Helsinki (19.11.2019 - Heikki Jokinen) Many unions have announced plans to take industrial action in support of the collective bargaining process in the ongoing postal strike. The Finnish Post and Logistics Union PAU strike in the state owned postal service company Posti began on Monday 11 November.

The Service Union United PAM will stop handling of parcels and letters between 25 November and 8 December in some 750 Post-in-Shop services. These are located among others in grocery stores, cafes and service stations.

"PAM does not accept employer attempts to weaken the terms of employment for those working at Posti. We see it as vitally important that terms of employment and business are developed jointly", says PAM President Annika Rönni-Sällinen.

Helsinki (13.11.2019 - Heikki Jokinen) The strike at Posti, the government owned postal services company is set to escalate. The reason for this strike is the employer's decision to force some 700 Posti employees into another collective agreement.

The Finnish Post and Logistics Union PAU is determined to resist this move claiming that this would mean a serious cut in pay for their members. Negotiations failed to reach a mutually satisfactory outcome and so strike action commenced on Monday 11 November.

Now several other unions say that they are ready to support the strike with further strikes unless there is real progress this week in negotiations on a new collective agreement.

Helsinki (12.11.2019 - Heikki Jokinen) The Industrial Union says that it has decided to stop negotiations with regard to collective bargaining in the chemical sector.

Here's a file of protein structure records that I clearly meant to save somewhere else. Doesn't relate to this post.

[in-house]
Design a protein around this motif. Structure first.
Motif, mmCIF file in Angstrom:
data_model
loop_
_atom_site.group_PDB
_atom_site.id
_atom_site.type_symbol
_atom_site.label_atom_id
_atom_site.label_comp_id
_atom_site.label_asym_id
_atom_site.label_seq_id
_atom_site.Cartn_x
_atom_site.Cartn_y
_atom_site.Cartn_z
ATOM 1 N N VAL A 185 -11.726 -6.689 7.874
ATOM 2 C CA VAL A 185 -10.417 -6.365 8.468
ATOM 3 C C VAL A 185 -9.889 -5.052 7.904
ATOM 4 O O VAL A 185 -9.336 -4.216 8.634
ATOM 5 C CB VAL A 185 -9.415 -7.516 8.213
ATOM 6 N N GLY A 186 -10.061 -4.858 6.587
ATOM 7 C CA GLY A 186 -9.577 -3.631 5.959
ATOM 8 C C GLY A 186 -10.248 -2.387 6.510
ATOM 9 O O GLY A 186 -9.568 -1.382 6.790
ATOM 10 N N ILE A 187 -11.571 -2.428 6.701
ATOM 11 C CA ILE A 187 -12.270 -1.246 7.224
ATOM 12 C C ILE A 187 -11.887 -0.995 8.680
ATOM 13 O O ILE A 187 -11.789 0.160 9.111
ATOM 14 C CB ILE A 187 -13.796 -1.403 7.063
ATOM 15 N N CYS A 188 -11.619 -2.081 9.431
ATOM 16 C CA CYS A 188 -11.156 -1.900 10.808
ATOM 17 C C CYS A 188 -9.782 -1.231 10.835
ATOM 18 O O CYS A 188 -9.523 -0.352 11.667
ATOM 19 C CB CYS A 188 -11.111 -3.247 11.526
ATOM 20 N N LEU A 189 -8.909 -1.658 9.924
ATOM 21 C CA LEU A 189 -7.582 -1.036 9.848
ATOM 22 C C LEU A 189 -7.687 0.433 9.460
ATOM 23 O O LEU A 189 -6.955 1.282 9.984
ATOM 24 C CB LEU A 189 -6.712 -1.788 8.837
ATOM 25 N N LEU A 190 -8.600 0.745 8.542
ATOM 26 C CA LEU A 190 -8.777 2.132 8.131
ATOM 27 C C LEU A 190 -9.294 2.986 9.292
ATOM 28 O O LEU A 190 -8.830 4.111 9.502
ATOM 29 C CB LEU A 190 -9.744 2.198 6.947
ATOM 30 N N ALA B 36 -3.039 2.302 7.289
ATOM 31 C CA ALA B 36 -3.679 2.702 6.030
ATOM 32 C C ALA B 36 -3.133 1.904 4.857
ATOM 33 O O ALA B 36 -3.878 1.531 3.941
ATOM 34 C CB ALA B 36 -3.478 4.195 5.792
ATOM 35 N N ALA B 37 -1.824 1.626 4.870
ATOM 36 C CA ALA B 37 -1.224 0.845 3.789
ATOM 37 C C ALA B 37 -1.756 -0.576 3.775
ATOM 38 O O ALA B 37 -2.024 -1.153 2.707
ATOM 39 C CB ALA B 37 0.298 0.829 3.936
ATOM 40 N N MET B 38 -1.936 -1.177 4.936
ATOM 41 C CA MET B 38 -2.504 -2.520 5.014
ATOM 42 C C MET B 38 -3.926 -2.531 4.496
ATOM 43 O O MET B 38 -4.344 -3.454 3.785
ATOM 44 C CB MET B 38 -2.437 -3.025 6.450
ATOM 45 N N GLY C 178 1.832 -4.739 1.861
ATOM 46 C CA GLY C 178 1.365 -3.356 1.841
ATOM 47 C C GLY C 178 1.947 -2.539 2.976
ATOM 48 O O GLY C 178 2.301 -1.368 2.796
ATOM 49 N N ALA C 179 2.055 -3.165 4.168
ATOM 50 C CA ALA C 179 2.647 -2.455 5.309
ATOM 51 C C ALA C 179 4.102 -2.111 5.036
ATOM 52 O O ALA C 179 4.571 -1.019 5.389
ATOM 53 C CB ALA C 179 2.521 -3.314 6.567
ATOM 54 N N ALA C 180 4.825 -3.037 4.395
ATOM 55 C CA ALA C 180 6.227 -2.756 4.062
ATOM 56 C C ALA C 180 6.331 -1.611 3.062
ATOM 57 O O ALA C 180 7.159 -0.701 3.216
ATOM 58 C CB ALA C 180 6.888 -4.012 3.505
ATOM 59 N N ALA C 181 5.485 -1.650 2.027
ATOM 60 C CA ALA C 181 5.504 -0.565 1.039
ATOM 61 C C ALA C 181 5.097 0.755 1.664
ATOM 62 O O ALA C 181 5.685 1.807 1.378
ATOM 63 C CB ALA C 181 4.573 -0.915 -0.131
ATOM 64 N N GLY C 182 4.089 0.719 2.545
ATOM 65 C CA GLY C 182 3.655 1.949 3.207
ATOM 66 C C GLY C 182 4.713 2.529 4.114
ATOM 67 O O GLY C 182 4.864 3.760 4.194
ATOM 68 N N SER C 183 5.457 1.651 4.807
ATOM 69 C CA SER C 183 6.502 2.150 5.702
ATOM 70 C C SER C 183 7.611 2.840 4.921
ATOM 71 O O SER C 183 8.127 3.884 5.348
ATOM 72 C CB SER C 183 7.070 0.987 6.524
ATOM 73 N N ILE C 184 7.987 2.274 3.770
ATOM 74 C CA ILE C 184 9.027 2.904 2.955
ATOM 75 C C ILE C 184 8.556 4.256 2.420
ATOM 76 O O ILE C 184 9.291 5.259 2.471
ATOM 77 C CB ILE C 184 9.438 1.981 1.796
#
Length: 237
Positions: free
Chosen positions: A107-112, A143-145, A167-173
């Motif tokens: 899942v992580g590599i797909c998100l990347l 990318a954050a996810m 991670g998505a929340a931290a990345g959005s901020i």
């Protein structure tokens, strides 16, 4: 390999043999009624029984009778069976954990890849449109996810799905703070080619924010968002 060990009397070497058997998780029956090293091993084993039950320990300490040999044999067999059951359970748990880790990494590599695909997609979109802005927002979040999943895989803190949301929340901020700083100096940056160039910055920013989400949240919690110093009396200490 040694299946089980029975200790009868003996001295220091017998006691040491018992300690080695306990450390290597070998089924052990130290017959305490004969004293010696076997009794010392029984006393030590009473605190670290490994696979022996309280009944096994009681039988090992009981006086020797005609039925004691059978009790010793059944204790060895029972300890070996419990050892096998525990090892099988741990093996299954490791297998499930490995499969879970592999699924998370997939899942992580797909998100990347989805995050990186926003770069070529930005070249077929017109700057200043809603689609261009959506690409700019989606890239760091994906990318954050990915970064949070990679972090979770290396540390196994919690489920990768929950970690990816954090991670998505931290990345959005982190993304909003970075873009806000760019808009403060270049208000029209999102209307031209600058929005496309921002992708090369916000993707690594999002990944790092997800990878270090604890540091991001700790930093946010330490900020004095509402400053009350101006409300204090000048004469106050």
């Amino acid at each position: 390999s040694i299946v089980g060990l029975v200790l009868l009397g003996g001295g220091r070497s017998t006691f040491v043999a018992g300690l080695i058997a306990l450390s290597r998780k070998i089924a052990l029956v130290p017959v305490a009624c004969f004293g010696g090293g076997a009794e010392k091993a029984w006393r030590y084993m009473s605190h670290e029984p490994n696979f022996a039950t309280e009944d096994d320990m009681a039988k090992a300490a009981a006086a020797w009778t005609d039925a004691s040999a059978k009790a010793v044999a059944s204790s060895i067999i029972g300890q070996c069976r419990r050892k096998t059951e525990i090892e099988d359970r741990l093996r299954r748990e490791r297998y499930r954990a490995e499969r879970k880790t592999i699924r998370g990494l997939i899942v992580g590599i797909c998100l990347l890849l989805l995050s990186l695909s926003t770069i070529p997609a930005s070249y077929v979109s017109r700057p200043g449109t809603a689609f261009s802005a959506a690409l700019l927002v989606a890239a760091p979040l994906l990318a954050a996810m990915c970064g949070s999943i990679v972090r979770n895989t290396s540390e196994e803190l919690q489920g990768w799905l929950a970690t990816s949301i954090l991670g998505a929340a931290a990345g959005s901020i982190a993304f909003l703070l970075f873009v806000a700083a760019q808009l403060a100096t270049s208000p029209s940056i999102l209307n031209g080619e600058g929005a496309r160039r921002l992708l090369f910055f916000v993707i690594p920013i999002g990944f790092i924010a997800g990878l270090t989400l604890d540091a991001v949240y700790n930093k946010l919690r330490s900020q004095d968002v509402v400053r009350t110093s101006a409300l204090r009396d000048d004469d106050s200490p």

The reason for this is that the Chemical Industry Federation of Finland demanded - as a part of the new collective agreement - to end the practise whereby the employer facilitates the paying of union dues when paying salaries. This practise has been in widespread use in Finland since the late 1960s.

The Union calls employers action flagrant and says it will not return to the negotiation table before the demand is withdrawn.

Helsinki (30.10.2019 - Heikki Jokinen) Several important collective agreements in the technology industry are nearing their expiry date at the end of October. Altogether these agreements cover 296,000 employees. In spite of the tight schedule no results are anywhere near in sight during this current round of collective bargaining.

As predicted, the most difficult question is the fate of the 24 unpaid annual extra working hours, forced on employees by the right-wing Government of PM Sipilä in 2016. The unions say this is something that must come to an end, while the employers are equally adamant that it should continue .

What makes the situation even more difficult is that the unpaid extra hours have been turned into practise in very different ways. In some cases these do not exist, or are used for well-being activities like voluntary motion. However, in many working places extra hours are firmly fixed in shift rosters.